Before the arrival of European traders and explorers, humans sparsely populated the Yukon Territory. Russians first laid claim and began early exploration of the Territory and were later followed more extensively by Canadians and Americans. The area was principally exploited for its furs and minerals. In 1896 gold was found in the Territory, resulting in a pandemonium of people flooding the area to exploit the resources. In 1881 exploration of the Big Salmon began. Early prospectors called it “Iyon” after an Indian tribe they found near the mouth. Later, in 1894, George Dawson of the Geological Survey of Canada chose to return the River to its original name. Literally translating the Indian name “Ta-Tlin-Hini” the River became known as the Big Salmon.
The Big Salmon River is a part of the Yukon River watershed. The mighty Yukon River, a principle watercourse in the northwestern portion of the continent, provides one of the longest salmon runs in the world. This salmon run courses up the Big Salmon River, too, from which came its name. Along the river and its tributary lakes visitors find an abundance of fresh water fish, including arctic grayling, lake trout, Chinook salmon, and northern pike. In addition to the fish, the river corridor provides habitat for a number of small game, moose, grizzly and black bears, wolf, and caribou among others.
Early on, the Yukon and the Big Salmon Rivers served principally economic development. The demand for furs, and later the gold rush, produced the need for an extensive paddleboat system in the region to facilitate commerce. These first paddleboats began sailing the Yukon and Big Salmon Rivers in 1869 and remained the primary mode of travel in the region until the 1930s. The boats required a massive amount of fuel and would burn two cords of wood an hour to move up and down the rivers. The demand for fuel created an extensive system of logging camps along the river and gradual deforestation of the area. Today several major highways built during World War II provide the primary mode of travel. Although no paddleboats run the rivers today, several decommissioned boats remain in Whitehorse and Dawson City.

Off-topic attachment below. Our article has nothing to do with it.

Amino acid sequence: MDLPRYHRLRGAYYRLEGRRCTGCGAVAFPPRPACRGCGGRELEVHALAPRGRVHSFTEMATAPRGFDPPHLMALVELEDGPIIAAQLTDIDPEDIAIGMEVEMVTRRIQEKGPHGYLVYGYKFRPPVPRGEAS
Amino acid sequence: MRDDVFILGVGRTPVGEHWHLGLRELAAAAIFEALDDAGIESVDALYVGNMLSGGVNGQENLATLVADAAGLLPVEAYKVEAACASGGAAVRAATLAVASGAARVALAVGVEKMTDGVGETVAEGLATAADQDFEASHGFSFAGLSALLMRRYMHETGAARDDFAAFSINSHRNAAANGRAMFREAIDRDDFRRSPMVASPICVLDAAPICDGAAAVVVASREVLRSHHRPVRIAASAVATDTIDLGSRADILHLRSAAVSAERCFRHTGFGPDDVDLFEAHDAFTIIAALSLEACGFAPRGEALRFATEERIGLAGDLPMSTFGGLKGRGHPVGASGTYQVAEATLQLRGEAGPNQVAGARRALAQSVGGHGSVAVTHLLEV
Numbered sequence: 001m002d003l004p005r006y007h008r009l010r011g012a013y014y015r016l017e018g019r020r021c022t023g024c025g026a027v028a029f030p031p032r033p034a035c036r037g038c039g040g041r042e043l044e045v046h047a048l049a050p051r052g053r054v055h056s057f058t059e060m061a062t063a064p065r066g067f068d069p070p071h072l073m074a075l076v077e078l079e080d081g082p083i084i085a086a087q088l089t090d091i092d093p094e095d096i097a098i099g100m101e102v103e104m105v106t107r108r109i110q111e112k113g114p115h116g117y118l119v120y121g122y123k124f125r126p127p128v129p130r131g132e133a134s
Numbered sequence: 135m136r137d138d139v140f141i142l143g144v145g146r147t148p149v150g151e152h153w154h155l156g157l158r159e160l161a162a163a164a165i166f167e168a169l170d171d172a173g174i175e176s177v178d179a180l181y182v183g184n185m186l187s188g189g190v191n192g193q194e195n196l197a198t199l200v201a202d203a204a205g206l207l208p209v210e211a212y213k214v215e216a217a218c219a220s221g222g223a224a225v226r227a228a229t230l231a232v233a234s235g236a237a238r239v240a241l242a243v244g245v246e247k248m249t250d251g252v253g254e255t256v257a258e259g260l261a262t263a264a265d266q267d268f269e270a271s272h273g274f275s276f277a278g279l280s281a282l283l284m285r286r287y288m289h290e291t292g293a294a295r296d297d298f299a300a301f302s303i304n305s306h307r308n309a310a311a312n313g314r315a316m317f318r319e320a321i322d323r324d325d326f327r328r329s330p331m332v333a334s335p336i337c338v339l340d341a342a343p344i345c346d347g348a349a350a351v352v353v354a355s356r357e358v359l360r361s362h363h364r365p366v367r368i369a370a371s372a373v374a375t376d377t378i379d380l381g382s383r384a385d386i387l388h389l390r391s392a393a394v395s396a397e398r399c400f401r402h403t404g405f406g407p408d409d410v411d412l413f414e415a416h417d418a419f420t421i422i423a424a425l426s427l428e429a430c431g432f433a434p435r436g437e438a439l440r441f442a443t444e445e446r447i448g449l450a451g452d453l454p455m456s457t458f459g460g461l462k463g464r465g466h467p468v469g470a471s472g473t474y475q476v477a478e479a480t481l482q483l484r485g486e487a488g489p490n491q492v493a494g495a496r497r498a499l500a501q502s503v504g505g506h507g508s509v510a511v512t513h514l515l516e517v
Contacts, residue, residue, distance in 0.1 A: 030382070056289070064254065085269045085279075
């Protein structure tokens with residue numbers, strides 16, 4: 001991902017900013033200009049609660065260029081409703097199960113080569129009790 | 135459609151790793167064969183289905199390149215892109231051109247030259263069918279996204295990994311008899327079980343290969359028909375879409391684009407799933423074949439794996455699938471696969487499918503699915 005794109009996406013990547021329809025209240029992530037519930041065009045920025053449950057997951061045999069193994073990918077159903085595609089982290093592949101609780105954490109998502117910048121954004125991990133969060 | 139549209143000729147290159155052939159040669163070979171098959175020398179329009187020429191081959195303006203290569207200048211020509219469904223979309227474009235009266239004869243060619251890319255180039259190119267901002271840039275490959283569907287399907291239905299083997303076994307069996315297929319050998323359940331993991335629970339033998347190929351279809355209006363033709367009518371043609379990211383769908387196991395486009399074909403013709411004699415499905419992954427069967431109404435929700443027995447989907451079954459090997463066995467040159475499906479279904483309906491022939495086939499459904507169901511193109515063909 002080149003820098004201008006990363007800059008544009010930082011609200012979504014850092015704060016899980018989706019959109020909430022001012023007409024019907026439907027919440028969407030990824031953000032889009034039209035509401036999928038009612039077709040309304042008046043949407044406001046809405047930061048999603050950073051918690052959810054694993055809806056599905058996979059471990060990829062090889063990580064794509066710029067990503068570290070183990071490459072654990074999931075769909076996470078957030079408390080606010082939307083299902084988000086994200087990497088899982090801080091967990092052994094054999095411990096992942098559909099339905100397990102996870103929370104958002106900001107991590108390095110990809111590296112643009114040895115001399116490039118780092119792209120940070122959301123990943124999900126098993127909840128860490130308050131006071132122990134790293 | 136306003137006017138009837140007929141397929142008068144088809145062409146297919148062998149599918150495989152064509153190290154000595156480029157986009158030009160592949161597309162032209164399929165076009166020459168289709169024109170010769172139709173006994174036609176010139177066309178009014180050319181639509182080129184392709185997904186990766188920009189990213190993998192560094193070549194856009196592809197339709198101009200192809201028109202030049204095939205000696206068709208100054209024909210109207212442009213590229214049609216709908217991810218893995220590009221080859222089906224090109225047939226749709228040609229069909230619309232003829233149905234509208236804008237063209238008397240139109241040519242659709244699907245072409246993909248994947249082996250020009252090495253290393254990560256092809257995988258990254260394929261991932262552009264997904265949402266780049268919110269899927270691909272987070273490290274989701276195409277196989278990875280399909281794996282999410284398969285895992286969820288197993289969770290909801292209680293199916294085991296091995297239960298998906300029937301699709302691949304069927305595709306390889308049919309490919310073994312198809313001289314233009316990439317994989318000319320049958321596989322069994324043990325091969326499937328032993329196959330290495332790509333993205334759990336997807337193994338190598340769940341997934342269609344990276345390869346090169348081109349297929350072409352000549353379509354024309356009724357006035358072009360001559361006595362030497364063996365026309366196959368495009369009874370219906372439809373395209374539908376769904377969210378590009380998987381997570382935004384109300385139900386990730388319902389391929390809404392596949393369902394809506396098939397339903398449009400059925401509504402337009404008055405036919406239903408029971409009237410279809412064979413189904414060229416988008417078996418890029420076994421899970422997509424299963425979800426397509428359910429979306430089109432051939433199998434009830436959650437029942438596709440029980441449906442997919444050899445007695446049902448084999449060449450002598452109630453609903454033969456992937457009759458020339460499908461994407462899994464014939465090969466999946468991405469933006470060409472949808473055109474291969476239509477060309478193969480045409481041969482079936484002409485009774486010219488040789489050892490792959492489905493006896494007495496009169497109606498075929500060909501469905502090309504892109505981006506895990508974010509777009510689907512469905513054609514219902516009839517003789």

Frequently Asked Questions:
How does the paddling compare for the Big Salmon and Porcupine River trips?
The Big Salmon has more white water areas and flows through a more mountainous area. The paddling is more technically challenging than on the Porcupine River trip.
The Porcupine River is located in a broader plain before the terrain shifts into a wider canyon. There is typically more wildlife present for viewing on the Porcupine River trip. The river moves quickly, but we do not paddle through any white water areas.
Do I need international travel insurance if my health insurance doesn’t cover me on an international trip?
I have no white water paddling experience, but I have paddled some rivers with slight to moderate rapids and sweepers? Would I be okay on the Big Salmon?
You should be just fine. The Big Salmon probably has the most technical water of all the trips we do. You will encounter class 2 rapids for stretches of the river. However, the good news is that these stretches come up later down stream (day 8 or so) so you do have time to practice.
We actually spend a couple days at the beginning of the trip in a series of three mountain-rimmed lakes. Here, we practice our maneuvers on the swift water channels flowing between the lakes. These channels really offer an excellent place to practice, which is part of the reason why we like the Big Salmon so much. This gives us a chance to really evaluate people's paddling skills and teach them what they need to know before they are committed to the river.
The down stream or up stream “ferry” is the # 1 technique everyone needs to master before safely doing this trip. It is not hard, but we spend 2-3 days practicing at the beginning of the trip just in case.
This trip is lengthy and some days involve extensive paddling.
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No Dates Scheduled
WI leads trips to this destination but currently has no dates scheduled. If you have a group of people interested, we can set up a customized adventure just for you! Please contact us if you are interested in a group trip to this destination.